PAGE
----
DREAMS TO REMEMBER

a visual narrative exploring black motherhood, the Motherline, and ancestral dreams

August 2015


"Black maternity has culturally and historically been mythologized and black mothers stereotyped."

Demystifying the Myth of Motherhood: Toni Morrison's Revision of African American Mother Stereotypes


Leonard Freed

Leonard Freed


"Morrison's standpoint on black motherhood enables black women to resist these negative evaluations of black motherhood by re-articulating the power that is inherent in black women's everyday experiences of motherhood. This re-articulation centers upon a reaffirmation of the traditional roles and beliefs of black motherhood that gives rise to Morrison's theory of motherhood as a spite of power for black women and her theory of motherwork as an enterprise concerned with the empowerment of children."

Demystifying the Myth of Motherhood: Toni Morrison's Revision of African American Mother Stereotypes



"Black women raise children in a society that is at best indifferent to the needs of black children and the concerns of black mothers. The focus of black motherhood, in both practice and thought, is how to preserve, protect, and more generally empower black children so that they may resist racist practices that seek to harm them and grow into adulthood whole and complete."

Demystifying the Myth of Motherhood: Toni Morrison's Revision of African American Mother Stereotypes


Helen M. Stummer

Helen M. Stummer

   Christopher Anderson

   Christopher Anderson


Helen M. Stummer

Helen M. Stummer

 

 

 

 

"The experience of slavery saw the translation of othermothing to new settings since the care of children was an expected task of enslaved Black women in addition to the field or house duties. The familial instability of slavery endangered the adaptation of communality in the form of fostering children whose parents, particularly mothers, had been sold.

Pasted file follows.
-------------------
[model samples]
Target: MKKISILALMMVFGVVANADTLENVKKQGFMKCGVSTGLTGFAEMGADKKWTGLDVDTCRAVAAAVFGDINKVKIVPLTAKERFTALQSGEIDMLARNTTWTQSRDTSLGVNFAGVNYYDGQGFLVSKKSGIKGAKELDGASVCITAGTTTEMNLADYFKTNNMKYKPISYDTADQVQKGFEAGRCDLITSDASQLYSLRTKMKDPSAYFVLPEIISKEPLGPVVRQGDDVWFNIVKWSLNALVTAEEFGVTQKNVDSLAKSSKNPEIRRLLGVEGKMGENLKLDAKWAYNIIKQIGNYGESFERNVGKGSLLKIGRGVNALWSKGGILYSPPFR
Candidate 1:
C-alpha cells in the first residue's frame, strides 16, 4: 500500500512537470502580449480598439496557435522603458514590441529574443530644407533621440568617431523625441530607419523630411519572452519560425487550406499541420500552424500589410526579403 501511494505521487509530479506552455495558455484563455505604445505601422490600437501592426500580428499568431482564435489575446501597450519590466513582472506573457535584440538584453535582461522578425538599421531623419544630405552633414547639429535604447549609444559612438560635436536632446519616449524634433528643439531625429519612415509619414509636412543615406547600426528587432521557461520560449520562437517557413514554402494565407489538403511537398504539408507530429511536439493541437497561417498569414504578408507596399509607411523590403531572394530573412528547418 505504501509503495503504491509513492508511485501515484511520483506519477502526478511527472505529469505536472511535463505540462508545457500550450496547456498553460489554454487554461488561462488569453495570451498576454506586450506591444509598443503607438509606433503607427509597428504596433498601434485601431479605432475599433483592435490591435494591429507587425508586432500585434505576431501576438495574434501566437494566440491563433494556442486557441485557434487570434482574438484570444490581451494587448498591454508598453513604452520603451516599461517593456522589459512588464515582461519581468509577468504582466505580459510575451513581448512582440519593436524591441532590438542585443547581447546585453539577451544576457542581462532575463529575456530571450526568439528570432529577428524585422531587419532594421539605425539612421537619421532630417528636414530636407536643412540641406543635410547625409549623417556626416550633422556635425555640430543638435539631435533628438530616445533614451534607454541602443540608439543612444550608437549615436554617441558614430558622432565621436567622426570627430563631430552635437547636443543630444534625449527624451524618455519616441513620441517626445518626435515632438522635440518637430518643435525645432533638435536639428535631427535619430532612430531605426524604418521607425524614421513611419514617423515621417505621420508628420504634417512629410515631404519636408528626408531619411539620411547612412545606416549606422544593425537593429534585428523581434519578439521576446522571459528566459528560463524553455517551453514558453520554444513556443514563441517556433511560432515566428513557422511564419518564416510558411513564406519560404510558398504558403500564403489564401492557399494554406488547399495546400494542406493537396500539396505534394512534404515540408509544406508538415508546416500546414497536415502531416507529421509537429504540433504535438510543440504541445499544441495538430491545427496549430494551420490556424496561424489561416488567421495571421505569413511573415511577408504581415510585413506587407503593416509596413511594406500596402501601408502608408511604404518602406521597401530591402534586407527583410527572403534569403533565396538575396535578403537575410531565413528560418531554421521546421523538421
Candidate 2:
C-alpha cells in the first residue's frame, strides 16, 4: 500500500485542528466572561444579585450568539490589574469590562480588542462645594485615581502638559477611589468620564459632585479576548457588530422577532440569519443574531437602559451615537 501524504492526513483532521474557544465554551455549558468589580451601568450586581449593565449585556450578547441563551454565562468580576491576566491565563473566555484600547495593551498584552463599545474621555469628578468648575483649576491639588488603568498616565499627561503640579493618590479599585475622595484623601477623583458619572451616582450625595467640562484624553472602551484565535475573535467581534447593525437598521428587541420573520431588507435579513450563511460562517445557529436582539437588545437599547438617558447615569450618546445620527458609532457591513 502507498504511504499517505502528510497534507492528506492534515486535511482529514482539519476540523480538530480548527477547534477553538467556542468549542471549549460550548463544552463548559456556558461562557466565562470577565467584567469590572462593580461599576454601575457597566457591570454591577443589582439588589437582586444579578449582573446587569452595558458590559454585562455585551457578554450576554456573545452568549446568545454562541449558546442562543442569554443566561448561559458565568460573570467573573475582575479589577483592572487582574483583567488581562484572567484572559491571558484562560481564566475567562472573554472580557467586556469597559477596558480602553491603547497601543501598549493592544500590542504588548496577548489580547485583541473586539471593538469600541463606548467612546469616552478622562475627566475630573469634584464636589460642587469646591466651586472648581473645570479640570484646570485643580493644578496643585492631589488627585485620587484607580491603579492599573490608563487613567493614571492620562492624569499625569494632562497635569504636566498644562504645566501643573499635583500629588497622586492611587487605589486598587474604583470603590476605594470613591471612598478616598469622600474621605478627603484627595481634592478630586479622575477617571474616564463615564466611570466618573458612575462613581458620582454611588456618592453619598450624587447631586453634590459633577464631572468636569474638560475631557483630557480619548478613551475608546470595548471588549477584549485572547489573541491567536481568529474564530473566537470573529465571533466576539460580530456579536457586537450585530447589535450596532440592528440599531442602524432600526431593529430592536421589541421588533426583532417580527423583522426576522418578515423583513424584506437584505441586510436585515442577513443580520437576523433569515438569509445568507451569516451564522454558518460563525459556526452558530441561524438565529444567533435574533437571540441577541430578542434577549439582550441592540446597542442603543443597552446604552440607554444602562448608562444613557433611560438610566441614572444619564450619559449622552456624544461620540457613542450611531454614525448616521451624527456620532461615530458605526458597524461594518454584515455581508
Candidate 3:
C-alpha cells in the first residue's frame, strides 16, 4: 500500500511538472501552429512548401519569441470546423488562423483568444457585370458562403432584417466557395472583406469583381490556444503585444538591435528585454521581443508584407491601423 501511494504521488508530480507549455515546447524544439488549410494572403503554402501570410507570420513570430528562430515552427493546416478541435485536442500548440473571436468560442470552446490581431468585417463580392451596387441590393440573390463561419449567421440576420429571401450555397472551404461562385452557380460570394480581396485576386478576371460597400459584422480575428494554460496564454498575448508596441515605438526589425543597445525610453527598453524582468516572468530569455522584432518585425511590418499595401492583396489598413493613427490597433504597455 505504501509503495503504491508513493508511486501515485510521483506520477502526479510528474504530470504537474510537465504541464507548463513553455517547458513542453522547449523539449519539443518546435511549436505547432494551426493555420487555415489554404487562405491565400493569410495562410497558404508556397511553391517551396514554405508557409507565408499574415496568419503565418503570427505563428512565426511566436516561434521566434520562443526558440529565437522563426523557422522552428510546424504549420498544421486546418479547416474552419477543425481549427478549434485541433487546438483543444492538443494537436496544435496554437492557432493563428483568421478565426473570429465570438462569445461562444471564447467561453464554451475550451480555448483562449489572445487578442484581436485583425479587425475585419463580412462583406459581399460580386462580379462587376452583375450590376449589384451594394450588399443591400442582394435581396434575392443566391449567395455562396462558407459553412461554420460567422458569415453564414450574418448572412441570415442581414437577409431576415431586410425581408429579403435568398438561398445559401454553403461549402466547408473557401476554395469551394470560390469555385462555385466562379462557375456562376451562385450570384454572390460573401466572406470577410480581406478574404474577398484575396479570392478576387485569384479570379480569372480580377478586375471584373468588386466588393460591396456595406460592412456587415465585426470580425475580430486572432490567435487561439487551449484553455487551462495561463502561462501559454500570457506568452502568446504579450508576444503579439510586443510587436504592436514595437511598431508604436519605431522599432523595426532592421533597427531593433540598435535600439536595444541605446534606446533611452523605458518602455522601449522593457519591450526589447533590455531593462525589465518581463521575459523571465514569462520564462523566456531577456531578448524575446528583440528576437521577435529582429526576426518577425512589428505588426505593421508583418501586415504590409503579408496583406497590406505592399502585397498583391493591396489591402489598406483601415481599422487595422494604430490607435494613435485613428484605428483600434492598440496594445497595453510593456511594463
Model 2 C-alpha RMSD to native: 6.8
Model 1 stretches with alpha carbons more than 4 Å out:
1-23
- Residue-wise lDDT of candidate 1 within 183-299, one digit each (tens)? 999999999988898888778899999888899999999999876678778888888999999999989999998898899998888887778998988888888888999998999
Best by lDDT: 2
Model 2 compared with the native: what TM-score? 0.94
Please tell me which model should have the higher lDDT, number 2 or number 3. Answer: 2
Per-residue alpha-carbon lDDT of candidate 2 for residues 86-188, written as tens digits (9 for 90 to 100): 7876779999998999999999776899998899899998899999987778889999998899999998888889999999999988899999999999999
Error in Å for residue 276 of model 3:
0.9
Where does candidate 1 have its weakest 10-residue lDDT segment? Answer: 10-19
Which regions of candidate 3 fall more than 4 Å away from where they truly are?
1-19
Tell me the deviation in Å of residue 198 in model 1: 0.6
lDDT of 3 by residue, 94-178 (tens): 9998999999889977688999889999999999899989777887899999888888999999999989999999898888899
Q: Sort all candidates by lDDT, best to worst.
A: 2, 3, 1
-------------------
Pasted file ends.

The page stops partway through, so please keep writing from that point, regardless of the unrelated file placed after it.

This tradition of communality gave rise to the practice of othermothering. The survival of the concept is inherent to the survival of Black people as a whole since it allowed for the provision of care to extended family and non blood relations. The practice of othermothering remains central to African American tradition of motherhood and is regarded as essential for the survival of black people."

Demystifying the Myth of Motherhood: Toni Morrison's Revision of African American Mother Stereotypes


            Bruce Davidson

            Bruce Davidson


Bruce Davidson

Bruce Davidson


"When a woman today comes to understand her life story as a story from the Motherline, she gains femal authority in a number of ways. First, her Motherline grounds her in her feminine nature as she struggles with the many options now open to women."


"Second, she reclaims carnal knowledge of her own body, its blood mysteries and their power."


"Third, as she makes the journey back to her roots, she will encounter ancestors who struggled with similar difficulties in different historical times. This provides her with a life-cycle perspective that softens her immediate situation. Fourth, she uncovers her connection to the archetypal mother and to the wisdom of the ancient worldview, which holds that body and soul are one and all life is interconnected. And, finally, she reclaims her female perspective, from which to consider how men are similar and how they are different."

Demystifying the Myth of Motherhood: Toni Morrison's Revision of African American Mother Stereotypes


Helen M. Stummer

Helen M. Stummer

         Carl De Keyzer

         Carl De Keyzer



"The Motherline represents the ancestral memory and traditional values of black culture."


"Black mothers pass on the teachings of the Motherline to each successive generation through the maternal function of cultural bearing. Various African American writers argue that the very survival of African Americans depends upon the preservation of black culture and history. If Black children are to survive they must know the stories, legends, and myths of their ancestors. In African American culture, women are the keepers of the tradition: they are the culture bearers who mentor and model the African American values essential to the empowerment of black children and culture."